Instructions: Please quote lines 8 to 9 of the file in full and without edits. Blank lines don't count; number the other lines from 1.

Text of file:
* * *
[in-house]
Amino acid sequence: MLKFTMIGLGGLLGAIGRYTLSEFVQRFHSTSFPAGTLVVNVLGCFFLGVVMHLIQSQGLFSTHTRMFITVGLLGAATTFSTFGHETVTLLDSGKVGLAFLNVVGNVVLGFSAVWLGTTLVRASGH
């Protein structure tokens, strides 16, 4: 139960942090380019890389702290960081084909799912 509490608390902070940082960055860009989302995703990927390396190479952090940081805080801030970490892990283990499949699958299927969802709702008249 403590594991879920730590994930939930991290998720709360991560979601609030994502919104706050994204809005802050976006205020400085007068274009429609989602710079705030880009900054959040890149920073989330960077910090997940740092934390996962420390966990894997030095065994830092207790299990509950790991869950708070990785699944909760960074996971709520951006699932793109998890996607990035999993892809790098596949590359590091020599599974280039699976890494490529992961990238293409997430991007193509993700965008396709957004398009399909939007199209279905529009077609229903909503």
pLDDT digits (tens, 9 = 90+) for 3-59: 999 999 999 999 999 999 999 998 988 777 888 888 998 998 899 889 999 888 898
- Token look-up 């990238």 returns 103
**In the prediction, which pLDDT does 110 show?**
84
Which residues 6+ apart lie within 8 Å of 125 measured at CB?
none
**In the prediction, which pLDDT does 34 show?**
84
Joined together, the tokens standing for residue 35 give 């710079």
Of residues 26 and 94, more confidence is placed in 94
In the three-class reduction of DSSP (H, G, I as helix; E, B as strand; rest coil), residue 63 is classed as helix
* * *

Which residues 6+ apart lie within 8 Å of 125 measured at CB?
none